While discussions proceed on getting Obama to visit the city, Luigi de Magistris is working on nominating his new city government.  His objective is to announce the names of the twelve department heads on 13 June 2011 .  Observers believe that the new government will include many technicians, a high number of women, relatively young persons, and it will be non-ideological. De Magistris will be relatively free from the influence of major political parties because he won defeating the candidates put forward by Silvio Berlusconi’s center-right and Pier Luigi Bersani’s center-left.   His most daunting task is to rid the city of tons of garbage before the high heat of the summer leads the disposal problem to become a major sanitary issue.

More photos from SkyTg24 of Vice President Joe Biden with US troops and with the Mayor of Naples, Luigi de Magistris

More photos from “La Repubblica” of Vice President Joe Biden with US troops and with the Mayor of Naples, Luigi de Magistris

10 Comments

Filed under Elections, Garbage crisis, Luigi de Magistris Mayor "for" Naples, Political parties

Naples has a new mayor: Luigi de Magistris

Anthony M. Quattrone

Official campaign poster: Luigi de Magistris Mayor "for" Naples

New mayor wins with 65% of vote

A former magistrate, Luigi de Magistris, is the new mayor of Naples. He has been elected today during a runoff between the two candidates who received the highest number of votes during the first round held two weeks ago. He defeated Gianni Lettieri, an entrepreneur representing a center right coalition supported by Italian Prime Minister Silvio Berlusconi. The new mayor is a member of the European Parliament where he is the Chair of the Budgetary Control Committee. He was elected in 2009 representing the Italia dei Valori (Italy of Values) party, which is affiliated with the Alliance of Democrats and Liberals for Europe formation in the European Parliament.

De Magistris is a 43 old native of Naples. He is married to the former Maria Teresa Dolce and has two sons. He became a public prosecutor in 1995, with assignments in Naples from 1998 to 2002, and as deputy public prosecutor in Catanzaro, Italy, from 2002 to 2009. He entered the European Parliament as the second most voted Italian politician after Silvio Berlusconi. During the course of his career as public prosecutor, his investigations have frequently run into political roadblocks leading to his transfer and attempt to subject him to internal disciplinary measures. One of his investigations caused serious controversy leading to the resignation of Clemente Mastella, the Italian Minister of Justice, in 2008, causing the fall of the center-left government led by Romano Prodi.

Luigi de Magistris decided to run for the seat of mayor of Naples after that the center left primaries were cancelled last January due to alleged irregularities on the part of supporters of the very influential politician Antonio Bassolino, an ex-communist former mayor of Naples and former governor of the Campania Region. De Magistris announced his candidacy for mayor in February and he was supported by a coalition of three parties, his own Italia dei Valori, the Federation of the Left, and the relatively new Partito del Sud (Party of the South). A citizens’ list also, “Napoli è tua” (Naples is yours) supported him.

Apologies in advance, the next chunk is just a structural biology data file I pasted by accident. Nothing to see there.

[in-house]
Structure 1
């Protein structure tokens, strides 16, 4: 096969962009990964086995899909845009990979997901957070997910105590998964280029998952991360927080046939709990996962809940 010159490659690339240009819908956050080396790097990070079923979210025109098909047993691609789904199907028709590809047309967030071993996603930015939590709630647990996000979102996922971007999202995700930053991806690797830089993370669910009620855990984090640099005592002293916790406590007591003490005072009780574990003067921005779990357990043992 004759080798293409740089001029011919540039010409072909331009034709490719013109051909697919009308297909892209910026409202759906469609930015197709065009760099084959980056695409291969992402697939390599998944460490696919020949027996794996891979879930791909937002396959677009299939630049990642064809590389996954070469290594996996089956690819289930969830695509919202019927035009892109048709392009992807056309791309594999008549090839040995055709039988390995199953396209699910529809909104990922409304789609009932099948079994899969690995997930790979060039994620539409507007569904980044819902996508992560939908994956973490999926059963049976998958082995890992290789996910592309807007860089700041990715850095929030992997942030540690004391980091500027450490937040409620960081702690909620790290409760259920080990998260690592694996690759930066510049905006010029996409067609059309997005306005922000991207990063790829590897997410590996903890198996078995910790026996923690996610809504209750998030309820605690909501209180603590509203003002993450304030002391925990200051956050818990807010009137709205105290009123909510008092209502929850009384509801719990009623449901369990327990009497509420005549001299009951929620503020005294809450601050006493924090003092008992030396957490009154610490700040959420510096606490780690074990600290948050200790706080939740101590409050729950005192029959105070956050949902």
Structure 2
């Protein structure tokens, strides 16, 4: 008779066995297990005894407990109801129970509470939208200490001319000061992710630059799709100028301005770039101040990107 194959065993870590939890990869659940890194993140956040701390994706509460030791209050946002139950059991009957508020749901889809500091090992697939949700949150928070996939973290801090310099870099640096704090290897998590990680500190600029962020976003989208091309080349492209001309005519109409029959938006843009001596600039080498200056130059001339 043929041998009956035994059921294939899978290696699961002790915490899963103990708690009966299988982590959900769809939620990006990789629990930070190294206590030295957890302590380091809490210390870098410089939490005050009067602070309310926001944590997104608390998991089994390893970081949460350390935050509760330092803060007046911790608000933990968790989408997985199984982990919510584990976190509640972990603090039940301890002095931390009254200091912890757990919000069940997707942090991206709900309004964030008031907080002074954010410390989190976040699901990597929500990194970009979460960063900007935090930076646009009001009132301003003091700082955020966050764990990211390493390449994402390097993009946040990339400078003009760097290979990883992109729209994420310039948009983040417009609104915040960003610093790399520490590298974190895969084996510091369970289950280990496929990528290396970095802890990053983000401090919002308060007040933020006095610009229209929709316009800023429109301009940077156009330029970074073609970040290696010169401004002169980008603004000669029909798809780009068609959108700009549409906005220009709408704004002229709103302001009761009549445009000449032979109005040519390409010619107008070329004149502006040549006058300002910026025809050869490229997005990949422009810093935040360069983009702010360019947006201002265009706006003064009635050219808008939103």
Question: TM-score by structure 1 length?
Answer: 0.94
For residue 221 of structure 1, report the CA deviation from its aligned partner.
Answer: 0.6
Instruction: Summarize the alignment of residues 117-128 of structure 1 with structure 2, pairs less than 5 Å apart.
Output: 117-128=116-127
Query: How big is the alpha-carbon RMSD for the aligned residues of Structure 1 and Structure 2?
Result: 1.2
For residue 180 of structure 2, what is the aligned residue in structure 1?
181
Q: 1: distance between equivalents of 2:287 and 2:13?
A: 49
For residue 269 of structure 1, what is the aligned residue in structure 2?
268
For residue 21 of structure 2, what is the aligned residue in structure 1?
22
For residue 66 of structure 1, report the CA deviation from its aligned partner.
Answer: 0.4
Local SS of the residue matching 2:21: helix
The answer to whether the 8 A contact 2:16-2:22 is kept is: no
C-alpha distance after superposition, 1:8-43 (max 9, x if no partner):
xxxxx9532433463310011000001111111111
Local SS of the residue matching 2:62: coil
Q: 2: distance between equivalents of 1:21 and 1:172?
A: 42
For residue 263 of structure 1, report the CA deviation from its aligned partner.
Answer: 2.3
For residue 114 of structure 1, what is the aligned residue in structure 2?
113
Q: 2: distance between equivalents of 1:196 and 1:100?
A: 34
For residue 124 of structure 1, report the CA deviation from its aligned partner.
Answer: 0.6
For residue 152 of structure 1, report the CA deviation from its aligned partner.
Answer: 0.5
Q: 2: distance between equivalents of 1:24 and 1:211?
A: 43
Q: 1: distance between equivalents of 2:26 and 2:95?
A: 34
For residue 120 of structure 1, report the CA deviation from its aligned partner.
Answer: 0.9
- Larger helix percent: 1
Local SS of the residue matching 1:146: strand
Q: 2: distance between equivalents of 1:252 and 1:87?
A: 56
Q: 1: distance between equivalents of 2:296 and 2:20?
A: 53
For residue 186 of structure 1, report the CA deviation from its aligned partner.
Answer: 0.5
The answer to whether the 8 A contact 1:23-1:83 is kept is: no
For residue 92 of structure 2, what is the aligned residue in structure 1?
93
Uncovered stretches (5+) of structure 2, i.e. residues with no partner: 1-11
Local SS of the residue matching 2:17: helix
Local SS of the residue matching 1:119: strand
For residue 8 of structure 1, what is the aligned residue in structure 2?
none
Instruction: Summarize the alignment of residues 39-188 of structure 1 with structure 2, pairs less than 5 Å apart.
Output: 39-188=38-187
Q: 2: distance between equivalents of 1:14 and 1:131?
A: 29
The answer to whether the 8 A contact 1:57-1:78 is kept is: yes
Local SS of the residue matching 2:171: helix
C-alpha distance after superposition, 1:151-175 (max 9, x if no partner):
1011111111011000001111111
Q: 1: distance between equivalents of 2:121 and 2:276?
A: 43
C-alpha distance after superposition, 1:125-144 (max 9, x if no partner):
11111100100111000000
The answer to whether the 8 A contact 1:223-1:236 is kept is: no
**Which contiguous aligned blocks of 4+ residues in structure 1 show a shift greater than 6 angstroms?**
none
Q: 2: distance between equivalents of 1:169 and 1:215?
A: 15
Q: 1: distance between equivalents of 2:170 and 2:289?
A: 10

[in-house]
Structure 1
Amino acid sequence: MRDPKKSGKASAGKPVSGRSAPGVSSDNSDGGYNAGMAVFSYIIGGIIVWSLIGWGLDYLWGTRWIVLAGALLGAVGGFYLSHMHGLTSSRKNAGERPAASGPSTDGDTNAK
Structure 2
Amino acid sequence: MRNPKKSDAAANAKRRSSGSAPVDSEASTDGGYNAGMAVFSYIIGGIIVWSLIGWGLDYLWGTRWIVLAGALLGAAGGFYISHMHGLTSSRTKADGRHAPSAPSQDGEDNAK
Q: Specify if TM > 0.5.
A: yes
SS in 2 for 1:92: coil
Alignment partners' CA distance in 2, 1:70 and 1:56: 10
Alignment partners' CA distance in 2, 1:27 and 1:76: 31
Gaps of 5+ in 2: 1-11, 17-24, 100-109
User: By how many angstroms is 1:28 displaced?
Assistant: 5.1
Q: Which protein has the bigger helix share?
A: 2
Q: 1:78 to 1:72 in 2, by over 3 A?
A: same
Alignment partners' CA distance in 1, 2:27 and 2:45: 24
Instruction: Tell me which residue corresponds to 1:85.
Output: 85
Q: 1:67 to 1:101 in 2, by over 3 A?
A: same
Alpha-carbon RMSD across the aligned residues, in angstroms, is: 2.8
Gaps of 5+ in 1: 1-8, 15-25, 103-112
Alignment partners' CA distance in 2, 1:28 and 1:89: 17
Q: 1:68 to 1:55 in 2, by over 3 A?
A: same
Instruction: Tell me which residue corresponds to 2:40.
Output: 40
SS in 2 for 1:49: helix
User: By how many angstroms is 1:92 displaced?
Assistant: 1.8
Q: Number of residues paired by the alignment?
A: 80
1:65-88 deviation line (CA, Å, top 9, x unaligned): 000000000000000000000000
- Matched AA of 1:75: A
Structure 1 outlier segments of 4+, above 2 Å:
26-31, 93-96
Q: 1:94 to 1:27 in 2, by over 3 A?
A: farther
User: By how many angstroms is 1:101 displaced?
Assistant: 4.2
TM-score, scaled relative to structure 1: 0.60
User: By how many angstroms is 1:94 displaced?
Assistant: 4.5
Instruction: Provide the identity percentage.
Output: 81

During the two-round runoff competition, Luigi de Magistris obtained approximately 28 percent of the vote, second to Gianni Lettieri with approximately 38 percent. The candidate of the center left, Mario Morcone scored slightly below 20 percent and the candidate for the center, Professor Raimondo Paquino scored approximately 9 percent. During the negotiations between the different coalitions, De Magistris refused an official agreement with the center-left, but appealed to their electorate. He also courted in public Paquino, obtaining his informal support. In the end, he was able to muster enough support to win with a striking 65 percent against 35 for his opponent, Lettieri.

De Magistris ran on a law and order platform, combined with proposals for re-launching Naples as a major European capital, ridding it of garbage and creating the premises for major investments. His electorate includes citizens of the whole political spectrum ranging from the far left to conservatives concerned with ramping insecurity and disorder. De Magistris will be able to count on a very solid majority in City Hall where at least 32 council members out of 48 will support his program, and another 4 will be neutral. The center right opposition will be able to count on only 12 votes.

Now de Magistris will need to immediately deliver on his promise to rid the city of garbage and to implement modern waste collection and disposal systems in line with the high environmental standards that he and his coalition have advocated during the election campaign.

17 Comments

Filed under Elections, Garbage crisis, Luigi de Magistris Mayor "for" Naples, Political parties